PE Data Snapshot – Non-U.S. Investor Influence Grows; Public Pension Fund PE Dominance Declines

The momentum behind the globalization of private equity is stunningly strong. Non-U.S. Sovereign Wealth Funds – now the most significant investors in private equity after public pension funds – have seen their share of annually committed PE capital rise to 13 percent in 2014 from just 5 percent in 2010, according to Palico estimates. Meanwhile, polls carried out this summer among the more than 1,100 PE fund managers from over 70 countries who are Palico members, reveal that 91 percent believe diversifying their investor base is “a major fundraising priority.” More than four-fifths report that they are increasingly soliciting capital from investors outside the U.S.

Only some 14 percent of capital committed to private equity funds in the first three quarters of this year came from public pension funds, about half the annual share registered by those funds as recently as 2010. Given the dominance of public pension funds, and especially American public pension funds, in fund investing, the dwindling market share of these state-backed pools is another sign of private equity’s shift towards non-U.S. capital.

Building an Uncorrelated Investor Base

The average public pension fund allocation to private equity has held remarkably steady in recent years, hovering near 7 percent of investment portfolios; so it’s not public pension fund distaste with the asset class that’s behind the rising market share of non-U.S. investors. One of the major catalysts is fund manager interest in building uncorrelated global investor bases capable of withstanding national, or even regional financial crisis. On the investor side, the most important driver is the rapid formation of investment capital in emerging markets and a relative dearth of investment options that can credibly offer long-term double-digit returns.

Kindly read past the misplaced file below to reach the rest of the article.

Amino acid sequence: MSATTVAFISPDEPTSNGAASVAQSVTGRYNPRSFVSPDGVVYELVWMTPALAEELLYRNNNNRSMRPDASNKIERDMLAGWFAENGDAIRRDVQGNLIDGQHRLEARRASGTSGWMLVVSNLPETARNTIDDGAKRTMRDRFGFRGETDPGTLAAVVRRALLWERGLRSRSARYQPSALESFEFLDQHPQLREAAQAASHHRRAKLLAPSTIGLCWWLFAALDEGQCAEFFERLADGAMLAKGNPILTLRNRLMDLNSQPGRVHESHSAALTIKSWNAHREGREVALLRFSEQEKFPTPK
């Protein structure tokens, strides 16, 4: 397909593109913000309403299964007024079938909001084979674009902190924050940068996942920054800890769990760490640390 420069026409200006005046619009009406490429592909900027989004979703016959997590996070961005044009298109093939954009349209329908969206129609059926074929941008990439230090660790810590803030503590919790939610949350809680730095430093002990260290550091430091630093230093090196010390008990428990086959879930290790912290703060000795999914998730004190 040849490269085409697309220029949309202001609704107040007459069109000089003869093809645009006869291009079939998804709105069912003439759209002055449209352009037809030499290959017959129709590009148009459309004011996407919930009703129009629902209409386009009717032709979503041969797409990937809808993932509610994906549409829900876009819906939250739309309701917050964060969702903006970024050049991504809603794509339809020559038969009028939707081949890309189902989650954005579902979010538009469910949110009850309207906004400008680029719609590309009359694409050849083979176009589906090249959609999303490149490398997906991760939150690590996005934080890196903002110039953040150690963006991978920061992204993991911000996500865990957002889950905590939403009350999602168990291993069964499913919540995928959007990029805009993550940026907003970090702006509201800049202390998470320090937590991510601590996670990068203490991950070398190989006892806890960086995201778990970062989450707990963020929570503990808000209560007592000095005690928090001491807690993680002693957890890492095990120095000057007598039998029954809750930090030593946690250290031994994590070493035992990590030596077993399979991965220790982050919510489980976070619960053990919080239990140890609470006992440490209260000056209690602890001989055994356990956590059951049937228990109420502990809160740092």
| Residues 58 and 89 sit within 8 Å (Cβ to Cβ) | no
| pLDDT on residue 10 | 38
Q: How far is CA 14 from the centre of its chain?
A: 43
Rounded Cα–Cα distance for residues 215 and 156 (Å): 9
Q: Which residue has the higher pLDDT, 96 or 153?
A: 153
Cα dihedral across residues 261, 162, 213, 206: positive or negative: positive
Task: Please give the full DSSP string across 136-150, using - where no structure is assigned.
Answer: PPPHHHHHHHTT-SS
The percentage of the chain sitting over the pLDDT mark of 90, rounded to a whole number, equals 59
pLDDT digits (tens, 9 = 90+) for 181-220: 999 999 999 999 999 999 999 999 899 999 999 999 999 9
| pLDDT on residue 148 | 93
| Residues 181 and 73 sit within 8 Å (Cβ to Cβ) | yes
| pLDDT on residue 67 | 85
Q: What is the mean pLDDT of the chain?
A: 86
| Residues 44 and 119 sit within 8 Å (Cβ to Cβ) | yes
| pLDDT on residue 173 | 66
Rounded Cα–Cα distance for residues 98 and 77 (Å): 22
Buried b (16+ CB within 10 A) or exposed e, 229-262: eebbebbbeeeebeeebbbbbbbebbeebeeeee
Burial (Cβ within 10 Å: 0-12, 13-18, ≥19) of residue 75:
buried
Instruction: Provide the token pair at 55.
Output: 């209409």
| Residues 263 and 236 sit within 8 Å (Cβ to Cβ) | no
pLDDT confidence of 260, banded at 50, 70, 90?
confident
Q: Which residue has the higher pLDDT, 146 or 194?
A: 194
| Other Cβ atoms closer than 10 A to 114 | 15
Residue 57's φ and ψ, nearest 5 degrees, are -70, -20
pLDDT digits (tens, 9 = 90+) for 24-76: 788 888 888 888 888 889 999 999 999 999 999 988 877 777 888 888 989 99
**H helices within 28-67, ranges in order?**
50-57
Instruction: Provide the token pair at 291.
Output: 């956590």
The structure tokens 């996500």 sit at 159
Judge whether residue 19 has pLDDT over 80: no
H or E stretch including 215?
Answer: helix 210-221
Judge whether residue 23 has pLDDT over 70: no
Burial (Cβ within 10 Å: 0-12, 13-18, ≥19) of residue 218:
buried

So what does the growth of capital commitments, as well as influence, from outside the U.S. mean for where and how private equity fund managers invest?

Increasing Co-Investment & Secondary Investment

It’s likely co-investment and secondary fund investment will gather strength as relatively new investors outside the U.S., whether SWFs, pension funds, family offices, banks, insurers, endowments or foundations, try to get up to speed quickly in the asset class, while keeping fee drag down. A large number of non-U.S. investors are still building towards their target PE allocations.

Growing Diversity of Investment Destinations and Strategies

The move towards non-U.S. capital also implies a rapid diversification of investment destination. Emerging markets investors are the fastest growing source of non-U.S. commitments. The managers these investors back can be expected to increasingly turn their attention to the developing world – it makes both marketing and investment sense – with returns helped by their limited partners’ local knowledge.

Palico’s global private equity marketplace is positioned to help far-flung limited partners and general partners discover and engage with each other on investment and commercial opportunities, as non-U.S. capital and strategies grow in importance.

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